Sept. 22 … that was a really lovely thing you did today, giving flowers to the girls who weren't asked to homecoming. … It was really good to see …
This item is available in full to subscribers.
If you're a print subscriber, but do not yet have an online account, click here to create one.
Click here to see your options for becoming a subscriber.
If you made a voluntary contribution in 2022-2023 of $50 or more, but do not yet have an online account, click here to create one at no additional charge. VIP Digital Access includes access to all websites and online content.
… that was a really lovely thing you did today, giving flowers to the girls who weren't asked to homecoming. … It was really good to see that someone cared enough to put some good hard effort into being a good person. For a lot of us it was the highlight of our day. … Thank you so much, really.
The other day when everyone in the west atrium pitched in to help the janitors clean up/stack chairs/fold tables? Ya. That was really cool.
If you scroll through the Facebook Compliments page of Lakewood High School, you'll come across many more just like these.
“Positive words,” senior Olivia Ehret says, “have the power to change the community.”
One could say that is her mantra and why, almost a year ago, she and a friend decided to duplicate the Compliments page she had stumbled upon on the University of Southern California website.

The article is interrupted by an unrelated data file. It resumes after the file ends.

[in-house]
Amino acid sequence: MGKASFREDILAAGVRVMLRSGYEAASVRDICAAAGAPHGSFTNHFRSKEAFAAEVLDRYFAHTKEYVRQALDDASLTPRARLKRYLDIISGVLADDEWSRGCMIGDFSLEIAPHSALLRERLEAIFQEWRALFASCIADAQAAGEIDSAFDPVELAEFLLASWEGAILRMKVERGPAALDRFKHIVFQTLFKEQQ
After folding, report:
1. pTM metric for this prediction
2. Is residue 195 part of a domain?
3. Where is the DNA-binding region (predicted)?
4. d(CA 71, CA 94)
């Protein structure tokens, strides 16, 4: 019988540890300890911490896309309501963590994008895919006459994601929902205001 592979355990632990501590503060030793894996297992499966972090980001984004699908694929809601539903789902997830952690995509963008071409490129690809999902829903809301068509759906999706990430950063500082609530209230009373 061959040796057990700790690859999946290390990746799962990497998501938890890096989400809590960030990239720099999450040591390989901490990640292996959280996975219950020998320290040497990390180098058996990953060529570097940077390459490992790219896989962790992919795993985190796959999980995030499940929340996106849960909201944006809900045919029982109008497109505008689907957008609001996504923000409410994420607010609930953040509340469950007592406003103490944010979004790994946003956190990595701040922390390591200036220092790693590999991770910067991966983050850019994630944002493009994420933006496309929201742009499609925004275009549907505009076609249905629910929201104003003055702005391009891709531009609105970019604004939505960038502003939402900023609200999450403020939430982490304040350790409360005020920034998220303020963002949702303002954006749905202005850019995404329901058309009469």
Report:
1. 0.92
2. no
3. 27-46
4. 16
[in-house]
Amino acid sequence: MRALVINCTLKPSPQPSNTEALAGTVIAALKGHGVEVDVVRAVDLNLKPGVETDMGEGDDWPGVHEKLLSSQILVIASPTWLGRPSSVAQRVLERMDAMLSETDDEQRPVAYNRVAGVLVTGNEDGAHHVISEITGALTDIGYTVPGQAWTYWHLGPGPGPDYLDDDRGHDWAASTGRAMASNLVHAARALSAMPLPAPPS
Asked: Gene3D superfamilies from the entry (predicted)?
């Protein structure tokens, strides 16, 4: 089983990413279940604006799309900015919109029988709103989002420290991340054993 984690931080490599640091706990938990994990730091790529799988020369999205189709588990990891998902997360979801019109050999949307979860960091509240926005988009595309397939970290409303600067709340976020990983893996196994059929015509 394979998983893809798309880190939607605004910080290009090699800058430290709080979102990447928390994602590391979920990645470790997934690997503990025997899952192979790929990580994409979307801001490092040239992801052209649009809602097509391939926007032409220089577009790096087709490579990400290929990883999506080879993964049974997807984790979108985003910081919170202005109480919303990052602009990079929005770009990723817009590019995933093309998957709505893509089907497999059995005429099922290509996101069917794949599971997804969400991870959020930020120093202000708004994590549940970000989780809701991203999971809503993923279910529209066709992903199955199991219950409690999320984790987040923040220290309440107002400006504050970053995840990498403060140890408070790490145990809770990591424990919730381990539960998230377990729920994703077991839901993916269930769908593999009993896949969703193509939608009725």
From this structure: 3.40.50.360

“Oh, gosh, I was entranced by it,” Olivia remembers. “I scrolled on it for two hours. I thought if it could be implemented on such a huge campus as USC, it definitely could at Lakewood.”
Compliments, after all, are just one more way of spreading a little kindness. But the accolade-filled Facebook pages also reflect a positive use of social media in an age when it is often used as a tool for meanness and spitefulness.
Consider the recent suicide of a 12-year-old Florida girl, who investigators say killed herself after continued online harassment by two other girls, 12 and 14. There have been many other such cases reported. Federal government studies report 52 percent of students have been cyberbullied and 25 percent repeatedly through their cell phones or the Internet.
The faceless nature of social media makes it alarmingly easy to be unkind, to cause hurt without feeling or seeing the effects or repercussions. Although many describe social media as impersonal, it's actually quite the opposite. Plenty of emotion flies across the networked miles — sadly, it's often the hateful kind.
Which is what is so nice about a Compliments page: It puts the heart back into the words.
We only recently talked, but you are an amazing person inside and out. I love how you aren't afraid to be yourself, it is really inspiring! The nice things you say can make people's day, like it did mine!
One of the first such uses of social media occurred in October 2011 when a young man at Iowa City West High School created a Twitter Compliments account as a way to fight back against cyberbullying in the area. The account took off, tweeting more than 3,000 messages in three months.